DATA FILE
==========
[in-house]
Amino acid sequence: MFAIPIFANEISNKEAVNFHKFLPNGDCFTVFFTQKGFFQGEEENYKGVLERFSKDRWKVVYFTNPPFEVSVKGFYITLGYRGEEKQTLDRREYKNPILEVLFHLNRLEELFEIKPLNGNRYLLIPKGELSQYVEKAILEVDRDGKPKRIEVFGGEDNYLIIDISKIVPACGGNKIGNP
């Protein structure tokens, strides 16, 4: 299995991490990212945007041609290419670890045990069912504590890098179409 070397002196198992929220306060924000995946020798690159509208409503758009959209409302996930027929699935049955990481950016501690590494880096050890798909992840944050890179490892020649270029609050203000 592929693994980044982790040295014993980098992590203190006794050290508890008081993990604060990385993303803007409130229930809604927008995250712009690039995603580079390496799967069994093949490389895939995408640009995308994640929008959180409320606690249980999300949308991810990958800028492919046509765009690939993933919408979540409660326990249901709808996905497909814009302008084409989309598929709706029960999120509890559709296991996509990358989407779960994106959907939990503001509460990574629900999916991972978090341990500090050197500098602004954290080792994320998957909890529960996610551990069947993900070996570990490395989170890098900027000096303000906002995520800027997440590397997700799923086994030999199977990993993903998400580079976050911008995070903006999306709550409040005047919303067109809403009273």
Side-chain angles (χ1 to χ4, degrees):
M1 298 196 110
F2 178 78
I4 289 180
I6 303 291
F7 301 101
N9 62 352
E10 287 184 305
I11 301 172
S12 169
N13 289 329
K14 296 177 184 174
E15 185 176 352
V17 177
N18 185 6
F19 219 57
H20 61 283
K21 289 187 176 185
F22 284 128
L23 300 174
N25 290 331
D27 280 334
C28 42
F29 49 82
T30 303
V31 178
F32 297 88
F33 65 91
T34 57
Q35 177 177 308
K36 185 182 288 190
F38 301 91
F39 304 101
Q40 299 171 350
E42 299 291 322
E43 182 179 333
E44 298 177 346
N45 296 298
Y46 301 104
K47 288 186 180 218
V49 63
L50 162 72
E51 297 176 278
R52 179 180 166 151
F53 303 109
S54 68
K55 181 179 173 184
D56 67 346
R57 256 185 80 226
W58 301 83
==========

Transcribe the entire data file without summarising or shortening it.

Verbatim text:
[in-house]
Amino acid sequence: MFAIPIFANEISNKEAVNFHKFLPNGDCFTVFFTQKGFFQGEEENYKGVLERFSKDRWKVVYFTNPPFEVSVKGFYITLGYRGEEKQTLDRREYKNPILEVLFHLNRLEELFEIKPLNGNRYLLIPKGELSQYVEKAILEVDRDGKPKRIEVFGGEDNYLIIDISKIVPACGGNKIGNP
């Protein structure tokens, strides 16, 4: 299995991490990212945007041609290419670890045990069912504590890098179409 070397002196198992929220306060924000995946020798690159509208409503758009959209409302996930027929699935049955990481950016501690590494880096050890798909992840944050890179490892020649270029609050203000 592929693994980044982790040295014993980098992590203190006794050290508890008081993990604060990385993303803007409130229930809604927008995250712009690039995603580079390496799967069994093949490389895939995408640009995308994640929008959180409320606690249980999300949308991810990958800028492919046509765009690939993933919408979540409660326990249901709808996905497909814009302008084409989309598929709706029960999120509890559709296991996509990358989407779960994106959907939990503001509460990574629900999916991972978090341990500090050197500098602004954290080792994320998957909890529960996610551990069947993900070996570990490395989170890098900027000096303000906002995520800027997440590397997700799923086994030999199977990993993903998400580079976050911008995070903006999306709550409040005047919303067109809403009273």
Side-chain angles (χ1 to χ4, degrees):
M1 298 196 110
F2 178 78
I4 289 180
I6 303 291
F7 301 101
N9 62 352
E10 287 184 305
I11 301 172
S12 169
N13 289 329
K14 296 177 184 174
E15 185 176 352
V17 177
N18 185 6
F19 219 57
H20 61 283
K21 289 187 176 185
F22 284 128
L23 300 174
N25 290 331
D27 280 334
C28 42
F29 49 82
T30 303
V31 178
F32 297 88
F33 65 91
T34 57
Q35 177 177 308
K36 185 182 288 190
F38 301 91
F39 304 101
Q40 299 171 350
E42 299 291 322
E43 182 179 333
E44 298 177 346
N45 296 298
Y46 301 104
K47 288 186 180 218
V49 63
L50 162 72
E51 297 176 278
R52 179 180 166 151
F53 303 109
S54 68
K55 181 179 173 184
D56 67 346
R57 256 185 80 226
W58 301 83